Tuesday, 10 October 2017

Disability: To some it identifies what's wrong in the world, to others it represents what's wrong with themselves.

In the summer of 2017 I hosted an event for the Business Disability Forum in London. Below is the significantly modified speech I made there. It's a thought piece really, me trying to work something out. It got people talking and I'd love to hear what you think. 

Hello, my name is Simon Minty, I am your host this evening. If you don’t know me, I’ve been an associate to the Business Disability Forum for twenty years. 

Asda supermarket sign with three symbols of a man, woman and wheelchair user with the words Not every disability is visible and Accessible Toilet
Asda toilet sign - disability is very broad these days but
have those identifying as so, kept pace?
It’s great that you are here and great that you do the job you do. I suspect some of you came to this disability or diversity role by accident, or maybe it was on purpose as it looked interesting? Maybe some of you are directly affected so have a personal interest. Dare I suggest, maybe one or two of you are after an award from the Queen! I know most of us do this work because we want to see change. Working with the Forum, such change is about improving how organisations operate in the workplace and how they interact with their disabled customers.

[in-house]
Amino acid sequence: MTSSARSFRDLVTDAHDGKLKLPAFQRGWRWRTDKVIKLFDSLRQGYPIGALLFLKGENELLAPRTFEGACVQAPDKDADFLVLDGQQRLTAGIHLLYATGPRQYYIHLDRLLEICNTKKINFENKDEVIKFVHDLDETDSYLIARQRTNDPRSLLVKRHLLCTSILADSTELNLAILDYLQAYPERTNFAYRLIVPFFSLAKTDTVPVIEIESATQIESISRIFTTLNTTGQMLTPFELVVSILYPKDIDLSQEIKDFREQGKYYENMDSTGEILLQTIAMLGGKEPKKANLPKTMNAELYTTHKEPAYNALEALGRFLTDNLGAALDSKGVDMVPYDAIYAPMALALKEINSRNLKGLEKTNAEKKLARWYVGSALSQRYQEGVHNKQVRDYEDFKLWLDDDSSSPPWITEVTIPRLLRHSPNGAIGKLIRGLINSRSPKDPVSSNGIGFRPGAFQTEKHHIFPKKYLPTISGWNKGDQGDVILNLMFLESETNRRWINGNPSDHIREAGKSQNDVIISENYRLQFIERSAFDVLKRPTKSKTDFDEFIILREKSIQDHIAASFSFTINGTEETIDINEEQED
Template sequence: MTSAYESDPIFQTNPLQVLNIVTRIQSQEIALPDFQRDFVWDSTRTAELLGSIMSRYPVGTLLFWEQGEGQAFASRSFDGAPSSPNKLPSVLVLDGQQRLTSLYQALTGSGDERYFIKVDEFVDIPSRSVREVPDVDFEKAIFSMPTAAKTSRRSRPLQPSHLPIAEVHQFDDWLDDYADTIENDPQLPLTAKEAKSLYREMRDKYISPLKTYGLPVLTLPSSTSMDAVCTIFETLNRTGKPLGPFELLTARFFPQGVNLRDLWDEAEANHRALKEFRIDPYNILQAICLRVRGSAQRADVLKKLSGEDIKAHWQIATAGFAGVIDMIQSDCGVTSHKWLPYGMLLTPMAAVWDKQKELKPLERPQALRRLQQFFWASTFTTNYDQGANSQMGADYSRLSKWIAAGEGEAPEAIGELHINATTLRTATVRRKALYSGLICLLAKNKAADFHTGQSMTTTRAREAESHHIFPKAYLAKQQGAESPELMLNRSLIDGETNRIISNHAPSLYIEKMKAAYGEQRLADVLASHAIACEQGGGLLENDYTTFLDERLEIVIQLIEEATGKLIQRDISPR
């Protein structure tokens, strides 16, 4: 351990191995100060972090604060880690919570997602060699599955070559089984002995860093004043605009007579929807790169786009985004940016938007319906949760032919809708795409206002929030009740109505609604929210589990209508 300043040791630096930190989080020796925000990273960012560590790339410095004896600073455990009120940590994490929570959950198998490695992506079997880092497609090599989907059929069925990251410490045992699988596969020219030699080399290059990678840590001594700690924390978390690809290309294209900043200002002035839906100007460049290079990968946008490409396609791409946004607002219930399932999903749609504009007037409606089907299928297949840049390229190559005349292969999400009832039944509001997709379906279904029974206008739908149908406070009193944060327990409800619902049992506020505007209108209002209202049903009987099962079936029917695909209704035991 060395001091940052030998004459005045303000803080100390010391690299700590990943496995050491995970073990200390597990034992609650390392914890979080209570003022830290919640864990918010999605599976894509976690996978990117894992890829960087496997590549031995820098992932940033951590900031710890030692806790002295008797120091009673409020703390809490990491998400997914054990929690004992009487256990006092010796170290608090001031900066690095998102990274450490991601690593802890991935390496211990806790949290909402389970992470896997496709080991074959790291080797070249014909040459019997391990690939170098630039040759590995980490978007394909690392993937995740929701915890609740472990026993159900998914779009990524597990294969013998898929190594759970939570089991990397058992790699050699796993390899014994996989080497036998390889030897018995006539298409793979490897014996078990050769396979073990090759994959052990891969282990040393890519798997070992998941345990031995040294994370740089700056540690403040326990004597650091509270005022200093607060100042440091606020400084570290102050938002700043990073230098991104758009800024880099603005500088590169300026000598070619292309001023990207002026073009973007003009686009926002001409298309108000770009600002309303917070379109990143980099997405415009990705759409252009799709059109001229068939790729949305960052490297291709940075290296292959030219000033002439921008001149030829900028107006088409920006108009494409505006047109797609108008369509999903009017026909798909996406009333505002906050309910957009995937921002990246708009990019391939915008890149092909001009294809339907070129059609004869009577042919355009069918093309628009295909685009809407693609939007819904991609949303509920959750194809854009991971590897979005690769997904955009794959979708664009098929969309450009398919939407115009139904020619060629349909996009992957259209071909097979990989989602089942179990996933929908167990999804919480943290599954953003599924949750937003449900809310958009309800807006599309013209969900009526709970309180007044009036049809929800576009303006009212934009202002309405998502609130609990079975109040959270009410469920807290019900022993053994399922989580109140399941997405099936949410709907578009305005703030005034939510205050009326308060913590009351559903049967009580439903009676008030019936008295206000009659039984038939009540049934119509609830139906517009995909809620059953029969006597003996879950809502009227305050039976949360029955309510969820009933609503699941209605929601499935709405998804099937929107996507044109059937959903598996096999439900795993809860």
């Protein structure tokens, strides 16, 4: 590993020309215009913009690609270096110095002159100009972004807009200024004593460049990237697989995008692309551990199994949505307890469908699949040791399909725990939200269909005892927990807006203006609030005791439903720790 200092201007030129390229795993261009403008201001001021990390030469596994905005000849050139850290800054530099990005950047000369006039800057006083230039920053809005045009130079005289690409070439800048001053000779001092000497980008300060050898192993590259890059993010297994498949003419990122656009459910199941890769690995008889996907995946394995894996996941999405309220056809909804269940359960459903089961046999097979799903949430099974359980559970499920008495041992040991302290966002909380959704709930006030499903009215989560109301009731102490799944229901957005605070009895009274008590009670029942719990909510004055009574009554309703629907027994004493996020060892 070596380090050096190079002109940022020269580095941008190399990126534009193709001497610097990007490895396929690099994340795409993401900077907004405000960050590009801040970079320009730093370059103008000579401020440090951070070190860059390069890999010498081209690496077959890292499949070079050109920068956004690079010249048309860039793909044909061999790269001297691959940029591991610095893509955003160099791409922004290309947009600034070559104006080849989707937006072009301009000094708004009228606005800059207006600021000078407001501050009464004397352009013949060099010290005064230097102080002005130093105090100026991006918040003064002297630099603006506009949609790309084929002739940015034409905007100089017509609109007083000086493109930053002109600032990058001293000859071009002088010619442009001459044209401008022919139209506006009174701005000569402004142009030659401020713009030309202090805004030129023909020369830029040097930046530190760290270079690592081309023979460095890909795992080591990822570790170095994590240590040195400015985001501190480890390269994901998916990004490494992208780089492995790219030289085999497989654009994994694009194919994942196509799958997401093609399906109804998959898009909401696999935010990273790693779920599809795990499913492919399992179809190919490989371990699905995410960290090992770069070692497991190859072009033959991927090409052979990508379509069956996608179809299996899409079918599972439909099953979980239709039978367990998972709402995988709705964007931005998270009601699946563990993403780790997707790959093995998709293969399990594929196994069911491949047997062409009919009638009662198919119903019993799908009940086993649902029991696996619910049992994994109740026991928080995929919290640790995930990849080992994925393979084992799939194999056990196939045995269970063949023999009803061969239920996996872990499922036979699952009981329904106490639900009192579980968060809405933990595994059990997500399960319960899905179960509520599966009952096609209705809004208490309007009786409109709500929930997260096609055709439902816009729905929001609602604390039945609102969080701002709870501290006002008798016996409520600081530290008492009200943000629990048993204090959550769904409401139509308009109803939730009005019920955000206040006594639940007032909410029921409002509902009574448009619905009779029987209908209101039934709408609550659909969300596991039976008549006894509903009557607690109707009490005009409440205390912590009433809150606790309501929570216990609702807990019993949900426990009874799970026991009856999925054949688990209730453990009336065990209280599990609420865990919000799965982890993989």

After several years in banking, I became professionally involved in disability equality. Luckily for me, the changes needed were pretty clear plus there was new equality legislation to help. Skilled, knowledgable and confident people, (many of whom had visible impairments and identified as disabled) advised on how things could improve. If you were around in the early noughties, you had legally enforceable rights and were part of the conversation and informed the plan.

It wasn't all rosey. Then as now, a lot of disabled people (legally at least) prefer to keep quiet, they're embarrassed and don't want to be treated differently. The law didn't even come in to it. More significantly, they didn't see themselves the same as those who used a wheelchair or a guide dog. They were something separate and different. 

A round street sign with a red edge, inside it has multiple stick people all the same. Underneath the sign is a notice saying May contain hidden disabilities
Many people have conditions that are a disability
under the law but the condition is not visible.